Chronic obstructive pulmonary disease
Chronic obstructive pulmonary disease (COPD) is defined as a “preventable and treatable disease state characterized by airflow limitation that is not fully reversible” (ATS/ERS, 2005). According to this definition the term COPD “encompasses chronic obstructive bronchitis, which is clinically characterized by obstruction of small airways, and emphysema, which is hallmarked by enlargement of airspaces, destruction of lung tissue, reduced lung elasticity and closure of small airways” (Barnes, 2000). Also included under the category of COPD is chronic bronchitis. Chronic bronchitis is clinically defined as the presence of a cough and sputum daily for at least three months for two consecutive years, and requires that other causes for cough have been excluded (ATS/ERS, 2005; Barnes, 2000). A major feature of this form of COPD is mucus hypersecretion, which may or may not be accompanied by airway obstruction (Barnes, 2000; Vestbo, Prescott, & Lange, 1996). Most cases of COPD can be attributed to smoking and the diagnosis is often made in the fifth decade or later (ATS/ERS, 2005)
The most common symptom reported by COPD patients is dyspnea, also commonly termed “breathlessness” or “shortness of breath” (Mahler & Baird, 2005). Dyspnea is a subjective term that describes a sensation of uncomfortable breathing that varies in intensity
(ATS/ERS, 2005). The mechanisms of dyspnea are complex and incorporates physiological, psychological, psychosocial and environmental factors that may be manifested by the
individual as secondary behavioral and physical responses (ATS/ERS, 2005).
Advancing age is associated with declining physical activity. In the case of the adults
and older adults (generally age 65 or older) with COPD, the individual gradually reduces physical activity in an effort to reduce dyspnea associated with activity (Mahler & Baird, 2005, 1993). The fall in physical activity contributes to an overall reduction in physical functioning in COPD patients (Reardon, Lareau, & Zuwallack, 2006) and setting into motion a downward cycle of disability, declining function and worsening dyspnea (Carrieri-Kohlman, 2003). It is also recognized that as one ages, their confidence for remaining physically active can gradually decline (Bandura, 1997). This type of confidence is called “self-efficacy” and reflects the individuals’ self-assurance in being able to complete or accomplish a specific task (Bandura, 1997). Aging is associated with some gradual decline in physical activity and this decline can negatively impact one’s self-efficacy or confidence that they can carry out a specific physical activity task (Bandura, 1997).
When evaluating the older adult with COPD, it is important to recognize that the pathophysiological changes associated with COPD are superimposed on expected age-related
changes in the pulmonary system. There is ample evidence that the lung undergoes numerous changes as part of the normal aging process, which results in a gradual decline in respiratory function. The three most important age-related changes in the respiratory system are 1) decreased compliance (increased stiffness) of the chest wall; 2) a loss of respiratory muscle strength; and 3) increased compliance of lung tissues (Zeleznik, 2003). These age-related changes in the lung influence airway function, lung volumes, flows and gas exchange. Expected age-related decline in pulmonary function, coupled with pathophysiological changes associated with COPD, results in a “double- edged sword” for the older adult with COPD.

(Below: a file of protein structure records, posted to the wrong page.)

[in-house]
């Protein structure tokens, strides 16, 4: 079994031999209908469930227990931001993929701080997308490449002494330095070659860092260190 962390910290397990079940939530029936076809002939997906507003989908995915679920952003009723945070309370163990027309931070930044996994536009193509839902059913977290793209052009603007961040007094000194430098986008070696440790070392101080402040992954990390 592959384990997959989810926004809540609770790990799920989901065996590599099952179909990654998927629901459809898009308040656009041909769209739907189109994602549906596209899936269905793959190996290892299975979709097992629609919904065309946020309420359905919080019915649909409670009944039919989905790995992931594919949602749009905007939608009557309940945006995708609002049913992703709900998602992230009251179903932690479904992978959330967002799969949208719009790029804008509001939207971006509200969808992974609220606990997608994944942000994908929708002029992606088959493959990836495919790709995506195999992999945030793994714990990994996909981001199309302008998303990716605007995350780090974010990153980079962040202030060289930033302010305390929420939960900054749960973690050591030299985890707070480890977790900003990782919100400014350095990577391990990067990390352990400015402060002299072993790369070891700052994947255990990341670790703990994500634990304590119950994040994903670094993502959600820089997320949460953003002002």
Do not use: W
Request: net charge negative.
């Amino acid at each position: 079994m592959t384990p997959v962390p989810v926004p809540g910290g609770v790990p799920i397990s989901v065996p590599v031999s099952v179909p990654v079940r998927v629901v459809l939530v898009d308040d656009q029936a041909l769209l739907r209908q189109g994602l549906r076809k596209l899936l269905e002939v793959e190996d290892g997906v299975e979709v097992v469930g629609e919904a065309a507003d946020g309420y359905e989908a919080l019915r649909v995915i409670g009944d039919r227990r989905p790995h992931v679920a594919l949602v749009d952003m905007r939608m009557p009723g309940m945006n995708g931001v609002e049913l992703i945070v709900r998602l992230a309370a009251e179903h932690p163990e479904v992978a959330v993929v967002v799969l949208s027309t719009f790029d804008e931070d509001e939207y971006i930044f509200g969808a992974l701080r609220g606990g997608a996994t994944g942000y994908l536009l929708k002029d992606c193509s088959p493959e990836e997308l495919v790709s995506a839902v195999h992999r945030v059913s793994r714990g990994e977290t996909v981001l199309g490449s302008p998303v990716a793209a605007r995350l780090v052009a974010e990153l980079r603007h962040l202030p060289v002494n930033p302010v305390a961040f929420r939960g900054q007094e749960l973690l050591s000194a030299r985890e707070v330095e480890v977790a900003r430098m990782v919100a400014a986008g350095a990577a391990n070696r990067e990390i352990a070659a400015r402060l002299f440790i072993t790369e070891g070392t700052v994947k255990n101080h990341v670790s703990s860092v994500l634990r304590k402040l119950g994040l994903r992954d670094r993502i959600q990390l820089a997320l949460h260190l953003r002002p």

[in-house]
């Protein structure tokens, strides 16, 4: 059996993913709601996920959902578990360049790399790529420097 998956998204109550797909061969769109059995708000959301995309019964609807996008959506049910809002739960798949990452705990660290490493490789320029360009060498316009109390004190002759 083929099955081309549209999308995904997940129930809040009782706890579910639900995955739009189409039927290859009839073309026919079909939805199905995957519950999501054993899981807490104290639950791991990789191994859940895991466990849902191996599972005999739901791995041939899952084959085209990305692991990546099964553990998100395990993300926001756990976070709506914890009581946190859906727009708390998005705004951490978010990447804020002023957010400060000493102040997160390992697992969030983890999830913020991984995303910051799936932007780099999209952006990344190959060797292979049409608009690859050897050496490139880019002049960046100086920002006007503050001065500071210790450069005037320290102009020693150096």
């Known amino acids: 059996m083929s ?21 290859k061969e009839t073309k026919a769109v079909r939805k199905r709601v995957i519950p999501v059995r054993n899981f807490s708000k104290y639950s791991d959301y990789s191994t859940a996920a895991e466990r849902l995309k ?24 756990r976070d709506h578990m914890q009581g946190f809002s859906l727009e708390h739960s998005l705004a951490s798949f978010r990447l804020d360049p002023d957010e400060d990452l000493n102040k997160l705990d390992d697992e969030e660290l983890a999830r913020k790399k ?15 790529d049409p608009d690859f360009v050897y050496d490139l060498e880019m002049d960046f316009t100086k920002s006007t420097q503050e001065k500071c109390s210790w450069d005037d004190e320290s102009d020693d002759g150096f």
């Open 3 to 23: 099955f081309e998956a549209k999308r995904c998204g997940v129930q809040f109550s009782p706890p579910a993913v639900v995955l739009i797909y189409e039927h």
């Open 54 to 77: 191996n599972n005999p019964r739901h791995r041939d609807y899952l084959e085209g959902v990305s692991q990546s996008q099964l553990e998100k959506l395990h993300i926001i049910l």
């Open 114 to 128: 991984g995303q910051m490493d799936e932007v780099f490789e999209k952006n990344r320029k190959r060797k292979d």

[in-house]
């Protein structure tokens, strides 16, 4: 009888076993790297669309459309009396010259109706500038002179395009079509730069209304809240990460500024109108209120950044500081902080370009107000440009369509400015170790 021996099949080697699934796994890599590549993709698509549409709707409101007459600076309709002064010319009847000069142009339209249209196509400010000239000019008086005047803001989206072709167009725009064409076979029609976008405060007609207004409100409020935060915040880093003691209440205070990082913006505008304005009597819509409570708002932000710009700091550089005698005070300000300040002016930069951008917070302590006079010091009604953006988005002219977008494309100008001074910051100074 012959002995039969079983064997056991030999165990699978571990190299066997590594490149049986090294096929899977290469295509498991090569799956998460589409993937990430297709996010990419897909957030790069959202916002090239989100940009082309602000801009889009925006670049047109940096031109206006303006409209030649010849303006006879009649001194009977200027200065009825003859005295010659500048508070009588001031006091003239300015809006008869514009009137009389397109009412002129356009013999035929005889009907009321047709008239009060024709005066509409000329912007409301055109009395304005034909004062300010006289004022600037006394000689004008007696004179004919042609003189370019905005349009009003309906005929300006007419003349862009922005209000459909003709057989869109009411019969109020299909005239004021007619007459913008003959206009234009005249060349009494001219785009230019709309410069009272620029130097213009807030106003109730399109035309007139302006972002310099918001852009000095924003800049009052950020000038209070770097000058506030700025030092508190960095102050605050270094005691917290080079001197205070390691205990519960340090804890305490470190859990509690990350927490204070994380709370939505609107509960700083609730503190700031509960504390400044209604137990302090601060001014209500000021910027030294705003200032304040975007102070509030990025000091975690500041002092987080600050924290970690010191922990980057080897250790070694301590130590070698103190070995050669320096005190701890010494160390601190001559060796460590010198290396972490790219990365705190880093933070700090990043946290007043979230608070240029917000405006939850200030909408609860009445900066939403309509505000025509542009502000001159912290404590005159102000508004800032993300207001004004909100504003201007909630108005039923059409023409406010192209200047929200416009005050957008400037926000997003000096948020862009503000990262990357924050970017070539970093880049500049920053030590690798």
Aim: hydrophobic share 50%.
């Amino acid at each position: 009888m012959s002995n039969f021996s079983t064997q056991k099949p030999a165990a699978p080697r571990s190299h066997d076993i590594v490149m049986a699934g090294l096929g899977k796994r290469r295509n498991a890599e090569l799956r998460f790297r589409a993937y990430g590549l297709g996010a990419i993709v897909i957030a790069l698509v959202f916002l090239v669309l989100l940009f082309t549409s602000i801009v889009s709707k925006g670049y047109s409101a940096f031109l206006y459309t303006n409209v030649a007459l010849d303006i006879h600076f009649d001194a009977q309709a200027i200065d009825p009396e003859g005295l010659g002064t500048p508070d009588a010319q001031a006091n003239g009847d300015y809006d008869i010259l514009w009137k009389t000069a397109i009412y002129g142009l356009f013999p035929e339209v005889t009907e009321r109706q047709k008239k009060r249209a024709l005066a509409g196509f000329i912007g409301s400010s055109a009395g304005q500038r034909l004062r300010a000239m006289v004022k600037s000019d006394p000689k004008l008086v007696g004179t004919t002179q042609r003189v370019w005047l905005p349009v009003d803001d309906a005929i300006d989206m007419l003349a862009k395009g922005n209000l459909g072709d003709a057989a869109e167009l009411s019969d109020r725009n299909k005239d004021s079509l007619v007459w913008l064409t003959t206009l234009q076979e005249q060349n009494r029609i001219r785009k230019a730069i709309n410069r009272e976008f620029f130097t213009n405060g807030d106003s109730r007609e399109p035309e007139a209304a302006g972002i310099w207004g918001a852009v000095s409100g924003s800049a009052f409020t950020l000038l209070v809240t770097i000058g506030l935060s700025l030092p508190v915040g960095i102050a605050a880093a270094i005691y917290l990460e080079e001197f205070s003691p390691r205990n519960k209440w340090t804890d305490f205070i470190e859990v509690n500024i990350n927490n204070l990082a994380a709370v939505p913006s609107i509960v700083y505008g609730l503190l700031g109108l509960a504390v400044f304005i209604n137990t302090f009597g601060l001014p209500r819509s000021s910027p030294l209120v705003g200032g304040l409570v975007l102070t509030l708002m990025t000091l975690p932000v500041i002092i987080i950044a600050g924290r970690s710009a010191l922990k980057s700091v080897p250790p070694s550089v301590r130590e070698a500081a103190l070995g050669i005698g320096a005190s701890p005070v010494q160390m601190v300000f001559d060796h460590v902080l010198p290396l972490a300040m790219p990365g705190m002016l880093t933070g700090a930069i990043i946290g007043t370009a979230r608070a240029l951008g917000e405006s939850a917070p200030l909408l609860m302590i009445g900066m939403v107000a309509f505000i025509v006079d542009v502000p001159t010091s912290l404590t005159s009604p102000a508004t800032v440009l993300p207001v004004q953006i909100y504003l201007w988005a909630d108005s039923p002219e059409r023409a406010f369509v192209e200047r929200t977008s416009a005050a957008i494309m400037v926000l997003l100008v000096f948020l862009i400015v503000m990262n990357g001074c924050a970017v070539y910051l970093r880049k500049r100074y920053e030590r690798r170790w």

Chronic obstructive pulmonary disease is a highly prevalent chronic illness in adults.
According to World Health Organization (WHO) estimates, 80 million people worldwide
have moderate to severe COPD (WHO, 2007). United States (U.S.) Centers for Disease Control (CDC) data collected through 2000 estimates that between 10 and 24 million Americans have COPD (CDC, 2007). Current data indicates that moderate COPD is found in 6.9% of the general U. S. population aged 25-75 years (ATS/ERS, 2005).
Chronic obstructive pulmonary disease is associated with considerable mortality,
morbidity and expense. In the U.S., COPD is the fourth leading cause of death among individuals aged 65 or older; only cardiovascular disease, cancer and stroke rank higher
(CDC, 2006). In 2002 alone, U. S. healthcare expenditures associated with COPD costs totaled $32.1 billion, with $18.1 billion attributed to medical services and $14.4 billion associated with the indirect costs of morbidity and premature mortality (NHLBI, 2002). Medicare expenditures for beneficiaries with COPD were 2.5 times higher than expenditures for all other patients (NHLBI, 2002). The predicted 25% increase in the American older adult population in the coming decades is projected to boost medical expenditures by 25% as well (CDC, 2006).
In summary, the age-related physiological decline in lung function, superimposed with pathophysiological changes associated with COPD are considerable. It is well recognized that declining physical activity leads to disability and morbidity and that aging and chronic illness can gradually erode self-efficacy for subsequent physical activity and subsequent physical activity. Therefore therapeutic interventions that are designed to increase physical activity, instill confidence in being able to be physically active, are particularly important for the older adult with COPD.
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